Off-campus UMass Amherst users: To download campus access dissertations, please use the following link to log into our proxy server with your UMass Amherst user name and password.
Non-UMass Amherst users: Please talk to your librarian about requesting this dissertation through interlibrary loan.
Dissertations that have an embargo placed on them will not be available to anyone until the embargo expires.
Author ORCID Identifier
Open Access Dissertation
Doctor of Philosophy (PhD)
Electrical and Computer Engineering
Year Degree Awarded
Month Degree Awarded
Prof. Zlatan Aksamija
Computational Engineering | Electrical and Electronics | Electronic Devices and Semiconductor Manufacturing | Heat Transfer, Combustion | Materials Chemistry | Nanoscience and Nanotechnology | Numerical Analysis and Scientific Computing | Polymer and Organic Materials | Polymer Chemistry | Semiconductor and Optical Materials
The need for alternative energy sources has led to extensive research on optimizing the conversion efficiency of thermoelectric (TE) materials. TE efficiency is governed by figure-of-merit (ZT) and it has been an enormously challenging task to increase ZT > 1 despite decades of research due to the interdependence of material properties. Most doped inorganic semiconductors have a high electrical conductivity and moderate Seebeck coefficient, but ZT is still limited by their high lattice thermal conductivity. One approach to address this problem is to decrease thermal conductivity by means of alloying and nanostructuring, another is to consider materials with an inherently low thermal conductivity on account of their disordered structure such as polymers and optimize their power factor through doping. In the first part of this dissertation, thermal transport in nanostructures of silicon-based Group-IV alloys is studied by employing the phonon Boltzmann transport formalism with full phonon dispersion and a partially diffuse momentum-dependent specularity model for boundary roughness scattering. Results show thermal conductivity in Si-Ge nanostructures to be well below their bulk counterparts and tunable by extrinsic boundary effects such as sample size in thin films, period thickness in superlattices, length/diameter in nanowires, and grain size in nanocomposites. Additionally, boundary/interface properties, such as roughness, orientation, and composition, significantly affect transport and offer additional degrees of freedom to control thermal conductivity.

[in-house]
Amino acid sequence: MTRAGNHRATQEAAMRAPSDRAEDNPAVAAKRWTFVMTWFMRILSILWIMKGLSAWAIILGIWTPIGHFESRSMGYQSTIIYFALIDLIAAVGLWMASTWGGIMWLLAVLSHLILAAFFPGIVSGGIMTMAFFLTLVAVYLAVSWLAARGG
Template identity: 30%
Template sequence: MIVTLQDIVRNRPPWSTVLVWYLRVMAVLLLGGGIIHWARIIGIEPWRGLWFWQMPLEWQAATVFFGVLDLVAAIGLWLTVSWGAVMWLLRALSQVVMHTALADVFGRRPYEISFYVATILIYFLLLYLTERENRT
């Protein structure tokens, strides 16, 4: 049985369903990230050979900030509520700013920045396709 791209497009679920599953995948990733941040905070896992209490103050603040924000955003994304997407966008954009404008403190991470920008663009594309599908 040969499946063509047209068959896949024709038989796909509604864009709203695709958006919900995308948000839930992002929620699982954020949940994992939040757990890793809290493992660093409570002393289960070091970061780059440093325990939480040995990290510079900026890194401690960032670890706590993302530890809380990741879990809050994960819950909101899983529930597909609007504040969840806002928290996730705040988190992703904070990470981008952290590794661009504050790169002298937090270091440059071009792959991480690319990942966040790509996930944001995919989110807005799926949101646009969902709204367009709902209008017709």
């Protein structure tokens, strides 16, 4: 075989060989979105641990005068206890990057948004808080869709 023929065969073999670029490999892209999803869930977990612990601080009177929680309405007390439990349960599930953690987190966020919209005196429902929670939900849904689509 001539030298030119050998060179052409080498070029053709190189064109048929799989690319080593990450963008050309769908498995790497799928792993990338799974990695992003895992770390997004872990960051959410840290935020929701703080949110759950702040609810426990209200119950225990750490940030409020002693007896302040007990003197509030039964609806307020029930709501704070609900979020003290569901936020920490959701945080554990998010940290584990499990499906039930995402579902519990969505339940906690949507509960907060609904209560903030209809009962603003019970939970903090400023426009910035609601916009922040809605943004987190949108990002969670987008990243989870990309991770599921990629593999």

The latter part of the dissertation examines the effects of disorder on TE properties of semiconducting polymers based on the Gaussian disorder model for site energies, while employing Pauli’s master equation approach to model hopping between localized sites. Disorder leads to inherently different transport, and results show that minimizing energetic disorder and correlation while increasing positional disorder results in a higher TE power factor. While doping increases charge carrier density, long-range Coulomb interactions between dopant molecules and localized carriers broadens the electronic density-of-states. The width and shape of density-of-states, dictated by dopant distribution, governs the trade-off relationship between electrical conductivity and Seebeck coefficient. It is shown that dopant-induced energetic disorder can be overcome by increasing dopant size and dielectric permittivity, improving charge screening and transport, resulting in a higher power factor.
Upadhyaya, Meenakshi, "Thermoelectric Transport In Disordered Organic and Inorganic Semiconductors" (2021). Doctoral Dissertations. 2229.
Creative Commons License
This work is licensed under a Creative Commons Attribution 4.0 License.
Computational Engineering Commons, Electrical and Electronics Commons, Electronic Devices and Semiconductor Manufacturing Commons, Heat Transfer, Combustion Commons, Materials Chemistry Commons, Nanoscience and Nanotechnology Commons, Numerical Analysis and Scientific Computing Commons, Polymer and Organic Materials Commons, Polymer Chemistry Commons, Semiconductor and Optical Materials Commons